Fairly dismissed for swearing at the boss
Decisions about swearing in the workplace are often some of the more unpredictable decisions in the Fair Work jurisdiction. In this case, the employer succeeded in defending its decision to dismiss an employee by demonstrating that the employee had previously been warned swearing in the workplace prior to his dismissal.
The Fair Work Commission heard that the employee took issue with the configuration of some pallet racks which meant that he had to undertake some manual handling within a confined space, causing him to strain his back. The employee took this issue up with his supervisor by way of a torrent of swearing and abuse.
It was accepted by the employer that swearing in workplace was common place. However, the employer distinguished general swearing in the workplace from swearing at a particular person, with the latter said to be entirely unacceptable. In this respect, it is important to note that the employee had previously received a formal warning for swearing at his supervisor. Upon engaging in the same conduct again, his employment was terminated.
At the hearing, the employee tried to justify his conduct by arguing that he was in physical pain at the time and that he was enraged due to the employer’s failure to remedy an OHS issue. He also relied upon the ‘swearing culture’ in the workplace as a defence to his conduct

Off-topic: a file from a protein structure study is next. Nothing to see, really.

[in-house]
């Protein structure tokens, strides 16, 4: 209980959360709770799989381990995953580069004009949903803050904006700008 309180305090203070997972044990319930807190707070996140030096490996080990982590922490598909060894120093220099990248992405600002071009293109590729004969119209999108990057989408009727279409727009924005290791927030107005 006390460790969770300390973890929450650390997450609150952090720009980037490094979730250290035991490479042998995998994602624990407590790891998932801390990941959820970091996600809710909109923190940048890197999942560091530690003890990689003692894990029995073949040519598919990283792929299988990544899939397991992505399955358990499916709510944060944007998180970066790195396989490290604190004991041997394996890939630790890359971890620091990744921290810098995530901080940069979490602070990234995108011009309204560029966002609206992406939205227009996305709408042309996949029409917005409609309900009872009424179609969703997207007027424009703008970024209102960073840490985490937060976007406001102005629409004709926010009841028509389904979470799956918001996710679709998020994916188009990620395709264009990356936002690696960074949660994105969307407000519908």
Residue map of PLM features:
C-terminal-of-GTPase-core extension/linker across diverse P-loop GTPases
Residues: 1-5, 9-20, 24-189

The Fair Work Commission determined that there was a valid reason for the dismissal given the employee had been warned previously that swearing at a supervisor could be grounds for dismissal. The Commission noted that:
“… Having been put on notice that using inappropriate language to a supervisor is unacceptable, I find that as the language [the employee] directed at [his supervisor] was unacceptable, there was a valid reason for the termination of his employment.”
Lessons for Employers
The case demonstrates that in taking action for swearing in the workplace, an employer will be in a stronger position if it can evidence a documented process of warnings (including a final warning) prior to terminating an employee’s employment.
Disclaimer: The information contained this article is general and intended as a guide only. Professional advice should be sought before applying any of the information to particular circumstances. While every reasonable care has been taken in the preparation of this update, Aitken Legal does not accept liability for any errors it may contain. Liability limited by a scheme approved under professional standards legislation.